Planar lamination an develop wherever there is fallout of suspended sediment onto a planar sediment surface in the presence of currents that are too weak to transport the newly arriving sediment over the bed. This is what was called fallout without traction in Chapter 14. Planar lamination of this kind is at once the easiest to understand and philosophically the most natural. Whenever there is a planar bed surface with particles raining down from above, from a fluid that is not moving fast enough to transport the particles once they land, planar lamination is formed, provided only that the nature of the sediment that is raining out fluctuates in one or more ways with time. Such planar lamination is usually found in fine sediments—muds and silts—for the obvious reason that it is not easy to imagine scenarios in which sediment with substantial fall velocities can be carried for long distances by near-bed currents too weak to transport that sediment as bed load.
The floor of the deep ocean is exposed to bottom currents that in most (but not all) places and at most (but not all) times are well below the threshold for sediment entrainment. Slow settling of fine sediment onto the sea floor under those conditions leads to planar lamination if the nature of the settling sediment varies in some way with time—and also provided that bioturbation does not disrupt the lamination. I suspect that most marine sedimentologists would assert that by far the most planar lamination in the sedimentary record was formed in just such a way!
Most shales, if you inspect them closely enough, have planar lamination. The study of such planar lamination goes far beyond the scope of these notes, because it involves consideration of the physicochemical interactions among fine clay particles, as well as the microbiological setting.
One way of producing fallout-without-traction planar lamination in coarser sediments, like fine to medium sands, is to appeal to strong and sediment-laden hypopycnal flows in the ocean (or in saline lakes), from which sediment rains down into quieter water below. Such hypopycnal flows develop wherever the river flow that disgorges into the water body has bulk density lower than that of the water body. Provided that the concentration of suspended sediment is not so high as to make the bulk density of the river flow even grater than that of the saline water body—in which case a bottom-hugging density underflow develops—the river flow spreads out across the surface of the water body, from which it is largely uncoupled dynamically because of the tendency for the strong vertical density gradient to damp turbulent mixing.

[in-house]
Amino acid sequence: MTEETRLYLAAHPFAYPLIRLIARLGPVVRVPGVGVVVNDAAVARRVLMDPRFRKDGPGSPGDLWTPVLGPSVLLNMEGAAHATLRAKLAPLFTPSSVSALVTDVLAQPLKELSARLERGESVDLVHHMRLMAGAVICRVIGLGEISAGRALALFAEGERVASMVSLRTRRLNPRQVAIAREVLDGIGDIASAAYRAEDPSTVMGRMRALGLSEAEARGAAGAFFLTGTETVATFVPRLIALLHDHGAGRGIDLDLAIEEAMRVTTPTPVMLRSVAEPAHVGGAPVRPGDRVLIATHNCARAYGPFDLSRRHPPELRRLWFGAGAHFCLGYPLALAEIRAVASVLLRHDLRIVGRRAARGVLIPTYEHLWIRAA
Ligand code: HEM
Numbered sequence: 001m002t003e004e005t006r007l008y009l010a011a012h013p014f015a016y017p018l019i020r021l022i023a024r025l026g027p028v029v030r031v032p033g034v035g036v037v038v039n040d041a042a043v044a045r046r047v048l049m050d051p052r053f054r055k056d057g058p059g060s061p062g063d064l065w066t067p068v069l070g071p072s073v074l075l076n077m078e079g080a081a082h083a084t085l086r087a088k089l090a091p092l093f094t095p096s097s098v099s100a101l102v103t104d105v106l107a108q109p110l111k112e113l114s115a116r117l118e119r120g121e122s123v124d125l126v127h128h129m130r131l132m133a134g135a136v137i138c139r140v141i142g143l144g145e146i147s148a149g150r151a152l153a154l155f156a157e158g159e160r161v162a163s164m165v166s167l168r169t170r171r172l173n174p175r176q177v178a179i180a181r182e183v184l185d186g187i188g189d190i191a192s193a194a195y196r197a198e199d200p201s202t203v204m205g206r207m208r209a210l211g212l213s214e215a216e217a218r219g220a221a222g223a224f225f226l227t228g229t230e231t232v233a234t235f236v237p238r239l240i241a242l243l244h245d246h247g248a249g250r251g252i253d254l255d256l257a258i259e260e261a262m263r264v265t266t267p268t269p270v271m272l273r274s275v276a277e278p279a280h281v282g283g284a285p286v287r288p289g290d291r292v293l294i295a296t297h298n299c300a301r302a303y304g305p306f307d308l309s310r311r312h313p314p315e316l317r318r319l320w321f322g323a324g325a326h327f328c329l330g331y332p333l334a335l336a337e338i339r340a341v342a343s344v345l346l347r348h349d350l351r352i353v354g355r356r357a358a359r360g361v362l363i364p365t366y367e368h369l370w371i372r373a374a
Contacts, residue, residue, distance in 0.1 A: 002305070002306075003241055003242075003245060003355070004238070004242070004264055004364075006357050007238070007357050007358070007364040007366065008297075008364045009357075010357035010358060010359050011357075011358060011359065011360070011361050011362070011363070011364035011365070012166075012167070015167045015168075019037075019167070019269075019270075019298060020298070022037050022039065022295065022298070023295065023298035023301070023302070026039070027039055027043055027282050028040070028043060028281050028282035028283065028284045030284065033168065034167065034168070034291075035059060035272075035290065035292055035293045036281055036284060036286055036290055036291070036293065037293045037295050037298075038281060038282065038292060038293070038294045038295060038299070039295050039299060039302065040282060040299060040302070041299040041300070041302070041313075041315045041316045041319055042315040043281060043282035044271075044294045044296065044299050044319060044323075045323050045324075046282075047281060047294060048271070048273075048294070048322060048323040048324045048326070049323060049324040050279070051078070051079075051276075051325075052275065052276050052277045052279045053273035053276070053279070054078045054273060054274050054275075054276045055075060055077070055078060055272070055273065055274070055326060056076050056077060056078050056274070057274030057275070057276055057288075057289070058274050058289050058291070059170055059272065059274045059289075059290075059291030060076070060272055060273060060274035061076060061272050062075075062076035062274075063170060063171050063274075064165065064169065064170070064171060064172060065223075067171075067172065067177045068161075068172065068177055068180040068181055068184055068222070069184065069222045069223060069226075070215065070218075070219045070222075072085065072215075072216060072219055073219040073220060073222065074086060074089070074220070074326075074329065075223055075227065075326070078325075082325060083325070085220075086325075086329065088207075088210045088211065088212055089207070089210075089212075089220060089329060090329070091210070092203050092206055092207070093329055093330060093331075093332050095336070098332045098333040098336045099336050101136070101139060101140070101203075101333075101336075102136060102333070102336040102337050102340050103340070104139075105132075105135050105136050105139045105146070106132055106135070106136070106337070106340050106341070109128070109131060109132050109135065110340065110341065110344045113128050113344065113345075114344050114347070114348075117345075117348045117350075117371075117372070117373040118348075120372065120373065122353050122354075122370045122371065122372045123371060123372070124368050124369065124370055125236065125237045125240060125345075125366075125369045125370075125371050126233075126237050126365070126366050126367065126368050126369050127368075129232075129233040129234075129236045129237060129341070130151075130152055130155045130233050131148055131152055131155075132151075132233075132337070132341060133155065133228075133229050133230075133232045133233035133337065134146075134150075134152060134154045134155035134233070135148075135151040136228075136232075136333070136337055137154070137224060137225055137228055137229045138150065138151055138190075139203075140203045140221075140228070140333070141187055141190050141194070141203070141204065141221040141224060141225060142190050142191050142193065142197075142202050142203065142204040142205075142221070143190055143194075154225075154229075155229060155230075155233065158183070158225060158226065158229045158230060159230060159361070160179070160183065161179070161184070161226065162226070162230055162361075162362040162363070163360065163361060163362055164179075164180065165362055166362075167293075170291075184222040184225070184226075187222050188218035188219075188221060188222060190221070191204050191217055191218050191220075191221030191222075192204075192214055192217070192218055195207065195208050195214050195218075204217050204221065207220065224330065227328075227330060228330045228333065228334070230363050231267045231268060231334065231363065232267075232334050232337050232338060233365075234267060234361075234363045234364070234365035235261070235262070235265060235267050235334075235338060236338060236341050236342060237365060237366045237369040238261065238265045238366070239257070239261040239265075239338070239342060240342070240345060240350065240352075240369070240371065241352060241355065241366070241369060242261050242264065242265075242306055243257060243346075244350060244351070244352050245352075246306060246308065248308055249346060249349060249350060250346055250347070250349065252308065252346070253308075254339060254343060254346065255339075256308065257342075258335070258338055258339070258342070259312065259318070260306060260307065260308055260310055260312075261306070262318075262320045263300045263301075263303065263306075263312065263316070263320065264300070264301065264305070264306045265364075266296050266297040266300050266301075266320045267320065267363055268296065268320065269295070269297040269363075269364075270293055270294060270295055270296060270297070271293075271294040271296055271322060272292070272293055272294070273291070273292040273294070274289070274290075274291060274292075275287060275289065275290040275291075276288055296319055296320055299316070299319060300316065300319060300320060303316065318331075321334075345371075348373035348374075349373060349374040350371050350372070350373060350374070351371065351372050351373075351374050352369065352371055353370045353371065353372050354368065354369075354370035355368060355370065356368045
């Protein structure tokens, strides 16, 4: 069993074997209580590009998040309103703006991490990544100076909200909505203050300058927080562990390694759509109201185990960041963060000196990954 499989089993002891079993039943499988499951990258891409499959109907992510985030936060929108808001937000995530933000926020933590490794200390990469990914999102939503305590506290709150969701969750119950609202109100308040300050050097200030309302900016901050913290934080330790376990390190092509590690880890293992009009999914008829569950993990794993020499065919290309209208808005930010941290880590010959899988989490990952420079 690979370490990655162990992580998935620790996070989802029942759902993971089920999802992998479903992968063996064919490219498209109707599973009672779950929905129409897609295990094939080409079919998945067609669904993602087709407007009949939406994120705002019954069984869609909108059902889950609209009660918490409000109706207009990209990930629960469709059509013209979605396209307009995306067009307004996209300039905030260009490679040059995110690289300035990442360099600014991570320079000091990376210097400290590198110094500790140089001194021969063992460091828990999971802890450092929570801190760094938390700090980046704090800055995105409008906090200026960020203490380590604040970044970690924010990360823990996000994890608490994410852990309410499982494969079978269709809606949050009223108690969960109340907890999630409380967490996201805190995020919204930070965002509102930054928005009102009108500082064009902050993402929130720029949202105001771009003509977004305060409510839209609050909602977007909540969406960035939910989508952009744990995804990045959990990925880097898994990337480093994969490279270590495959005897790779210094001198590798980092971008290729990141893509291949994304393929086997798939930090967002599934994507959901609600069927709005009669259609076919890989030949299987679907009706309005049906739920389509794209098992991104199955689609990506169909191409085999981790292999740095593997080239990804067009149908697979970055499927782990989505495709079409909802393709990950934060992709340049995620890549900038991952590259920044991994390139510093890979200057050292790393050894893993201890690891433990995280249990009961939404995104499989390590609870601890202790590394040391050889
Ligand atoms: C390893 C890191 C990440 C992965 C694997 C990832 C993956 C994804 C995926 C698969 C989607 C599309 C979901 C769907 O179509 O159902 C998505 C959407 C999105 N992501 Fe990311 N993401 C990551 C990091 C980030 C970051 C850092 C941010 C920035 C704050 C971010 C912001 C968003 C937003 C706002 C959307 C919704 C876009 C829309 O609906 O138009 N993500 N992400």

- Allen, J.R.L., 1964, Primary current lineation in the Lower Old Red Sandstone (Devonian), Anglo-Welsh Basin: Sedimentology, v. 3, p. 89-108.
- Allen, J.R.L., 1984, Parallel lamination developed from upper-stage plane beds: a model based on the larger coherent structures of the turbulent boundary layer: Sedimentary Geology, v. 39, p. 227-242.
- Best, J., and Bridge, J., 1992, The morphology and dynamics of low amplitude bedwaves upon upper stage plane beds and the preservation of planar laminae: Sedimentology, v. 39, p. 737-752.
- Bridge, J., and Best, J., 1997, Preservation of planar laminae due to migration of low-relief bed waves over aggrading upper-stage plane beds: comparison of experimental data and theory: Sedimentology, v. 44, p. 253-262.
- Bridge, J.S, and Best, J.L., 1988, Flow, sediment and bedform dynamics over the transition from dunes to upper-stage plane beds: implications for the formation of planar laminae: Sedimentology, v. 35, p. 753-763.
- McBride, Shepherd, R.G., and Crawley, R.A., 1973, Origin of parallel, near- horizontal laminae by migration of bed forms sin a small flume: Journal of Sedimentary Petrology, v. 45, p. 132-139.
- Paola, C., Wiele, S.M., and Reinhart, M.A., 1989, Upper-regime parallel lamination as the result of turbulent sediment transport and low-amplitude bed forms: Sedimentology, v. 36, p. 47-59.
- Smith, N.D., 1971, Pseudo-planar stratification produced by very low amplitude sand waves: Journal of Sedimentary Petrology, v. 41, p. 69-73.